Key Terms

Key Terms

allocative efficiency
when the mix of goods being produced represents the mix that society most desires
budget constraint
all possible consumption combinations of goods that someone can afford, given the prices of goods, when all income is spent; the boundary of the opportunity set
comparative advantage
when a country can produce a good at a lower cost in terms of other goods; or, when a country has a lower opportunity cost of production
invisible hand
idea that self-interested behavior by individuals can lead to positive social outcomes
law of diminishing marginal utility
as we consume more of a good or service, the utility we get from additional units of the good or service tend to become smaller than what we received from earlier units
law of diminishing returns
as additional increments of resources are added to producing a good or service, the marginal benefit from those additional increments will decline
marginal analysis
examination of decisions on the margin, meaning a little more or a little less from the status quo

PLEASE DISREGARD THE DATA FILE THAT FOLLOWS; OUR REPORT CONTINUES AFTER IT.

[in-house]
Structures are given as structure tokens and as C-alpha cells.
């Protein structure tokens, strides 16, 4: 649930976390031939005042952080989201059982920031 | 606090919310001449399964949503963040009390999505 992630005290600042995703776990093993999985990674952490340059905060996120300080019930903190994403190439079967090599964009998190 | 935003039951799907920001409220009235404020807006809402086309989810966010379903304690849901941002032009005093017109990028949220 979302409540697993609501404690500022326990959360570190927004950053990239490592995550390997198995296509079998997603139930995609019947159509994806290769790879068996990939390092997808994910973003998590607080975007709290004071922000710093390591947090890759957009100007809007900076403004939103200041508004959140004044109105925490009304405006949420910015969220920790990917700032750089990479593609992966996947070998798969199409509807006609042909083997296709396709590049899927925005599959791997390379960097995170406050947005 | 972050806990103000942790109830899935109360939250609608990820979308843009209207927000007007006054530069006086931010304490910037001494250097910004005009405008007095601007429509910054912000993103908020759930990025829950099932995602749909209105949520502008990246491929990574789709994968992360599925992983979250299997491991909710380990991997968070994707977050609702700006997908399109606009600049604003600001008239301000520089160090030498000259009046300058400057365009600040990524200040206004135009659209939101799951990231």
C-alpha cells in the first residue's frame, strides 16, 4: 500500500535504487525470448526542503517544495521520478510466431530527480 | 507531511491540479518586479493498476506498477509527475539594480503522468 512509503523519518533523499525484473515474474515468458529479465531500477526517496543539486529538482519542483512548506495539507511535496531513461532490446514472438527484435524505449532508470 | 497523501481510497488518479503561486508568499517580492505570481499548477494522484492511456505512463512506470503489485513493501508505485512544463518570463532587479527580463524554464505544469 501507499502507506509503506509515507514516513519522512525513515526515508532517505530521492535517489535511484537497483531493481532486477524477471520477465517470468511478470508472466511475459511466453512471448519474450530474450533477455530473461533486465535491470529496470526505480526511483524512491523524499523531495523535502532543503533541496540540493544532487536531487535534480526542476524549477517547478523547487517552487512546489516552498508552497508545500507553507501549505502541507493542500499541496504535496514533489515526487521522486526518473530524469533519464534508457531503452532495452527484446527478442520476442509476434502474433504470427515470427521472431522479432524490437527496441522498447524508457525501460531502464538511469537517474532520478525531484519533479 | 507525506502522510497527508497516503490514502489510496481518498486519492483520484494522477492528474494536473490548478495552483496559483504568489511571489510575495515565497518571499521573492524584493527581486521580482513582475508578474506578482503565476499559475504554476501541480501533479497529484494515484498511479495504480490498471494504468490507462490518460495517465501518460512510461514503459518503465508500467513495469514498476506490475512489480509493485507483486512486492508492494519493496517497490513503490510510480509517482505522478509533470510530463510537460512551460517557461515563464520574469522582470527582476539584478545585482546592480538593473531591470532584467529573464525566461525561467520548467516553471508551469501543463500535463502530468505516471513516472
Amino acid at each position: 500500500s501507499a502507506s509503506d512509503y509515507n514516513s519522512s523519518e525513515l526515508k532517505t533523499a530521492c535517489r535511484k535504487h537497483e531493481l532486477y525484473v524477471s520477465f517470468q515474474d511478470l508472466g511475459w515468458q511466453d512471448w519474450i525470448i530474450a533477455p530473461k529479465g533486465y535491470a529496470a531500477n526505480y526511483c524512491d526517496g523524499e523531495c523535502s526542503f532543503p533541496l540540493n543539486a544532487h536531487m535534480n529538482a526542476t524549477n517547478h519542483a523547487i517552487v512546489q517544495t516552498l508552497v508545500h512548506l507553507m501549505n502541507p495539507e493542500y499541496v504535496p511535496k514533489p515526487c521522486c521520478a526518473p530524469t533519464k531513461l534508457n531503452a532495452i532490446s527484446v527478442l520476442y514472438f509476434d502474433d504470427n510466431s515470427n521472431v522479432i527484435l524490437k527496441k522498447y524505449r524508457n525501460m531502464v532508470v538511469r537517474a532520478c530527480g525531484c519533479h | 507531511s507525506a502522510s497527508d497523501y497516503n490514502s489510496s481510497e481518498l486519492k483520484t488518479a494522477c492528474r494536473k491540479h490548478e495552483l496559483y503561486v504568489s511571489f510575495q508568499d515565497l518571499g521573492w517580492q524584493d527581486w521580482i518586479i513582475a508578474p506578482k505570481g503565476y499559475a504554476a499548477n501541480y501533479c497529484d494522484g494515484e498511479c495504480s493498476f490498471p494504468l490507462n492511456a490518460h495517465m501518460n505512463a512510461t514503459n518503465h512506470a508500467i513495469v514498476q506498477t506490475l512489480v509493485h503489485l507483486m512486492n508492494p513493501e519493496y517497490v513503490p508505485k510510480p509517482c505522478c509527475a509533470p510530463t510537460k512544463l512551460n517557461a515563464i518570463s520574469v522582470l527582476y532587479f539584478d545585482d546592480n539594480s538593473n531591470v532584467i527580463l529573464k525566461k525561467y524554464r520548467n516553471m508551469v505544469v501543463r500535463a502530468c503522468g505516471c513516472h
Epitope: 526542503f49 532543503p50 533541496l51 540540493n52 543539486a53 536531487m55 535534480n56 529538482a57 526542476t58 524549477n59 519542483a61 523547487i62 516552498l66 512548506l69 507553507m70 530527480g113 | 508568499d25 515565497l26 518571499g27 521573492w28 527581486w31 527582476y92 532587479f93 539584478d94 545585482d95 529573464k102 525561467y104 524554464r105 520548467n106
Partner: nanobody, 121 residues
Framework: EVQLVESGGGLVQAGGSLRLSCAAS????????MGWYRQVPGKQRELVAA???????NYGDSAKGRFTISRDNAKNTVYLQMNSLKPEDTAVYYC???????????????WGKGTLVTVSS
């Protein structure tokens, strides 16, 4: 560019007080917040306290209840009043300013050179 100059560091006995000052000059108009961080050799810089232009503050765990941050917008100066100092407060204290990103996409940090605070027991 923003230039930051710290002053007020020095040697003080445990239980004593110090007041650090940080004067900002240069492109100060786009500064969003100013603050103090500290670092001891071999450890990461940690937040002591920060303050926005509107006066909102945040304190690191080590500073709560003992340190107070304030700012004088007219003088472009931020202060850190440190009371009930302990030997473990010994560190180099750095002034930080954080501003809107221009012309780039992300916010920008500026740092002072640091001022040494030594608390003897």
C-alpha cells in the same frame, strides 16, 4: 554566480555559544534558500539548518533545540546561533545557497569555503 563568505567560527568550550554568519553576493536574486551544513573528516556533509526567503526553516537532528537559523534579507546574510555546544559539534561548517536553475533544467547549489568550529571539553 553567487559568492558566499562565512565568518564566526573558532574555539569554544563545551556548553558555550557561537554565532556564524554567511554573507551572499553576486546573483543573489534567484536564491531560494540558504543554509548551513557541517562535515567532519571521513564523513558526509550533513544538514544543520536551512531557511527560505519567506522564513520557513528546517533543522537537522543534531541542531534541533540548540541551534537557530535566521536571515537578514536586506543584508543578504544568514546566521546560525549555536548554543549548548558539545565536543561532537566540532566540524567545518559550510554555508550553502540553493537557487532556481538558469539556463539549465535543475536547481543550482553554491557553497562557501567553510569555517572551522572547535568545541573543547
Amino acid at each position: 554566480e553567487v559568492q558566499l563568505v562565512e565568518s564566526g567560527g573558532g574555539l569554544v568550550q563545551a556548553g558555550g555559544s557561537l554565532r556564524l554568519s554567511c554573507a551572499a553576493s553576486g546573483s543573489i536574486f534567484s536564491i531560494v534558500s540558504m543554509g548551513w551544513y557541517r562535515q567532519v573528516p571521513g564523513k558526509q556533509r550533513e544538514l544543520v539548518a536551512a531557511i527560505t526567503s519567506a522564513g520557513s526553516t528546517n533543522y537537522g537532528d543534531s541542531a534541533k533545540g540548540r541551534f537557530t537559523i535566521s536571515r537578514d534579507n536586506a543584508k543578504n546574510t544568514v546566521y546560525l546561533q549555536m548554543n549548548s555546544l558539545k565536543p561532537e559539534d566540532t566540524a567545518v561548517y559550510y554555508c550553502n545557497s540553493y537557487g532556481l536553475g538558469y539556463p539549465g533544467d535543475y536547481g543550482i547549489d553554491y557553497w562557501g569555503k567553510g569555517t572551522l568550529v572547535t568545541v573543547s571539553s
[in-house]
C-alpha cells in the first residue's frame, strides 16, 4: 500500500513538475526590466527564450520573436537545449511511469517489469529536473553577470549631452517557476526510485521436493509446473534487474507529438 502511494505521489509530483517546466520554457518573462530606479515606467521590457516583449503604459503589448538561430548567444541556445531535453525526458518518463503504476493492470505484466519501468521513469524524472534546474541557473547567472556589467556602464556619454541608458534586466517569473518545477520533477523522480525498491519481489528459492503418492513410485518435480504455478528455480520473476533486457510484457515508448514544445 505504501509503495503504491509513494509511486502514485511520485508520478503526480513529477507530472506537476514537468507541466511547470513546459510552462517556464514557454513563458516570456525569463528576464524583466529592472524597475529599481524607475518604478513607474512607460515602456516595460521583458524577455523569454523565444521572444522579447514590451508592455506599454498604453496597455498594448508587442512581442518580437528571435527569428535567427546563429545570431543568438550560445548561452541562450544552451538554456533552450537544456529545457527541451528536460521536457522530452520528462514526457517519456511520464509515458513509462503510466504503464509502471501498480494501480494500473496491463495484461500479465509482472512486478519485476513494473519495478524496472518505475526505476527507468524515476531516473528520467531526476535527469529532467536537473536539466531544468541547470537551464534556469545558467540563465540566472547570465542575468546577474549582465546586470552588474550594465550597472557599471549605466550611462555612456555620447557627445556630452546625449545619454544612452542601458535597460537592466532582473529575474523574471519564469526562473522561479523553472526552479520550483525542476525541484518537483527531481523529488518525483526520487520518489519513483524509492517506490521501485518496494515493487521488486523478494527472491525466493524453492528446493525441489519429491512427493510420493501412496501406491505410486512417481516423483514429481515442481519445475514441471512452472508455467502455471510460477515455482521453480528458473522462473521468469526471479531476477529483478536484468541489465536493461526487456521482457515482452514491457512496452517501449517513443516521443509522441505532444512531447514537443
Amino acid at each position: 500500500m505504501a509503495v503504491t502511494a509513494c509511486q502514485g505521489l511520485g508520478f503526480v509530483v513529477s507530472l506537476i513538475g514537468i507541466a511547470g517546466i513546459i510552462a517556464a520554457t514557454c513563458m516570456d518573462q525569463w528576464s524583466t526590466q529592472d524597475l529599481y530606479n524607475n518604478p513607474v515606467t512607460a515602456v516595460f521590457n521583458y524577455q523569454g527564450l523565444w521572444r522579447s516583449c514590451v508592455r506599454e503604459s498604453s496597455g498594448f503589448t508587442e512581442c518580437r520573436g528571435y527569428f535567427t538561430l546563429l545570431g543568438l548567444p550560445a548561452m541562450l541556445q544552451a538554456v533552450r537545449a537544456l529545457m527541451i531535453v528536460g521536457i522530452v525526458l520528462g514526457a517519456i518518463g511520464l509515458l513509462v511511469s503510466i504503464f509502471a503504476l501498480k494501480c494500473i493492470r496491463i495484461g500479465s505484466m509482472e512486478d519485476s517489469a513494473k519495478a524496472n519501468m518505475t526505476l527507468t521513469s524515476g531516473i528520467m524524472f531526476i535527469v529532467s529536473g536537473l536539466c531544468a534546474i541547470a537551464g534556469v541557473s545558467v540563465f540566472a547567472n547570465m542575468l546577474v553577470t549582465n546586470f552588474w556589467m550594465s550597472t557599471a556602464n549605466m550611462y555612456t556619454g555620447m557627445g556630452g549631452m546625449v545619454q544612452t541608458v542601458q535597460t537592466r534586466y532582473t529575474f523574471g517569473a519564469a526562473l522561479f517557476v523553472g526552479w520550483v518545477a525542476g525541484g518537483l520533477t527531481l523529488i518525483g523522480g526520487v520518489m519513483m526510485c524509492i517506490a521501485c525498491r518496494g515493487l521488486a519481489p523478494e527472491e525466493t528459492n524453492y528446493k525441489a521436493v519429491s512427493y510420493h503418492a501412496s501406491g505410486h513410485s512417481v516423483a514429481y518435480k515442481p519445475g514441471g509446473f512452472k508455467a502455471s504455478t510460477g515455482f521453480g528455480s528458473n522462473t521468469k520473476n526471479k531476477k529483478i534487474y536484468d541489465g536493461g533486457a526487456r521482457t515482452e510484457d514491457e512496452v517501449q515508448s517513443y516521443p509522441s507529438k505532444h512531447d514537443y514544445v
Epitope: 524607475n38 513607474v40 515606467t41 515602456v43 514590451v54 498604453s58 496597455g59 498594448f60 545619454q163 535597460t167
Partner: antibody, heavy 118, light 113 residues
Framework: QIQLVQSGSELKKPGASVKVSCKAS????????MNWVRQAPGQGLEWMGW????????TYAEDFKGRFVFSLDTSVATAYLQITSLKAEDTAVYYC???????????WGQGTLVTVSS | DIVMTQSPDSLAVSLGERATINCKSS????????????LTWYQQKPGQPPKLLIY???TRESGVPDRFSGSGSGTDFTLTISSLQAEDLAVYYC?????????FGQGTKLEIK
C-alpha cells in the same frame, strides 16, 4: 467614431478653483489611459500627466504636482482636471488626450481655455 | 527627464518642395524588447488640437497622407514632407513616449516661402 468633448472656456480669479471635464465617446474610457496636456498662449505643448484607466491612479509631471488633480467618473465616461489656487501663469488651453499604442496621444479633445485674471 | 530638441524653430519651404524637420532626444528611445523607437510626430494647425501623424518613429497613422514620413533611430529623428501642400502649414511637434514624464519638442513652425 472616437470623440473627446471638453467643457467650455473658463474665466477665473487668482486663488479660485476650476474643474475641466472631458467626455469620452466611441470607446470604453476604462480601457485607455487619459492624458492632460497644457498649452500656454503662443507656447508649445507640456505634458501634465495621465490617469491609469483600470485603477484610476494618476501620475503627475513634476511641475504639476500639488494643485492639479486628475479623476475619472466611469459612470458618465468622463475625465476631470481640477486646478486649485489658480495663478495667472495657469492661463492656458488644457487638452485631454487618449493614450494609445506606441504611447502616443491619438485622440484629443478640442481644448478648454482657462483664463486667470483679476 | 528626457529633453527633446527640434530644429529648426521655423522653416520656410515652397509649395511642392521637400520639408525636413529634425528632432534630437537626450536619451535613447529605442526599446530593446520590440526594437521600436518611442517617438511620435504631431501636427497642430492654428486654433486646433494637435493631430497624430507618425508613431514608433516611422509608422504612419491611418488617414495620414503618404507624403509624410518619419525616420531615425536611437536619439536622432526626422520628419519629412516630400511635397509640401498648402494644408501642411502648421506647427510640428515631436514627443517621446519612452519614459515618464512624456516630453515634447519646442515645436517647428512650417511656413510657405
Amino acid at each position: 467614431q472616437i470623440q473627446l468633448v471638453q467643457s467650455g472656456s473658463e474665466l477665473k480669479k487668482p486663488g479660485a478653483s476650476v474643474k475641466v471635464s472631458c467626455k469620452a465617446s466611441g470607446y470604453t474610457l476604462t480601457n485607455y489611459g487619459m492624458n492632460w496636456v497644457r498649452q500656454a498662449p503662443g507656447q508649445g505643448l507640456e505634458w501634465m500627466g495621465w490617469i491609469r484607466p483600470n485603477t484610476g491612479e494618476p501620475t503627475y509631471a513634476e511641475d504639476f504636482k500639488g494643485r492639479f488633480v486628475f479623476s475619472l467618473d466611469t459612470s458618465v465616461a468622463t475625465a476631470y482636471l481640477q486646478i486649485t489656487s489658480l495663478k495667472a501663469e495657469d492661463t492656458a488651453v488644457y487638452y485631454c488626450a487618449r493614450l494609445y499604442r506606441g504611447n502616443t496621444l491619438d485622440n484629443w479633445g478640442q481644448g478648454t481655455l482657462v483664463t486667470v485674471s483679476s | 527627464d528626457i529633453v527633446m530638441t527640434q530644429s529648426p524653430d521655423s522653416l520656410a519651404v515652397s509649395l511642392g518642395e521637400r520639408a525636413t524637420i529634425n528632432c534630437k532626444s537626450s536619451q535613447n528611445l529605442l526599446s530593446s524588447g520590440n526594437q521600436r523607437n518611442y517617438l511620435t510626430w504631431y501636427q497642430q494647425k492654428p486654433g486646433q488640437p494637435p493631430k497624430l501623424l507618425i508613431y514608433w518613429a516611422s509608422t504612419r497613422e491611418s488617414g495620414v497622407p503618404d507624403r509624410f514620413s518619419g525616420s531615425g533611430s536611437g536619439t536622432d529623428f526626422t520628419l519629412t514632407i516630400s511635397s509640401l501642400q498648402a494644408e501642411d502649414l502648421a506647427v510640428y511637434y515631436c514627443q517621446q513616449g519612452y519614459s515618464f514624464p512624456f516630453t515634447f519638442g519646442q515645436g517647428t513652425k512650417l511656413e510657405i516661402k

normative statement
statement which describes how the world should be
opportunity cost
measures cost by what is given up in exchange; opportunity cost measures the value of the forgone alternative
opportunity set
all possible combinations of consumption that someone can afford given the prices of goods and the individual’s income
positive statement
statement which describes the world as it is
production possibilities frontier (PPF)
diagram that shows the productively efficient combinations of two products that an economy can produce given the resources it has available
productive efficiency
when it is impossible to produce more of one good (or service) without decreasing the quantity produced of another good (or service)
sunk costs
costs that are made in the past and cannot be recovered
satisfaction, usefulness, or value one obtains from consuming goods and services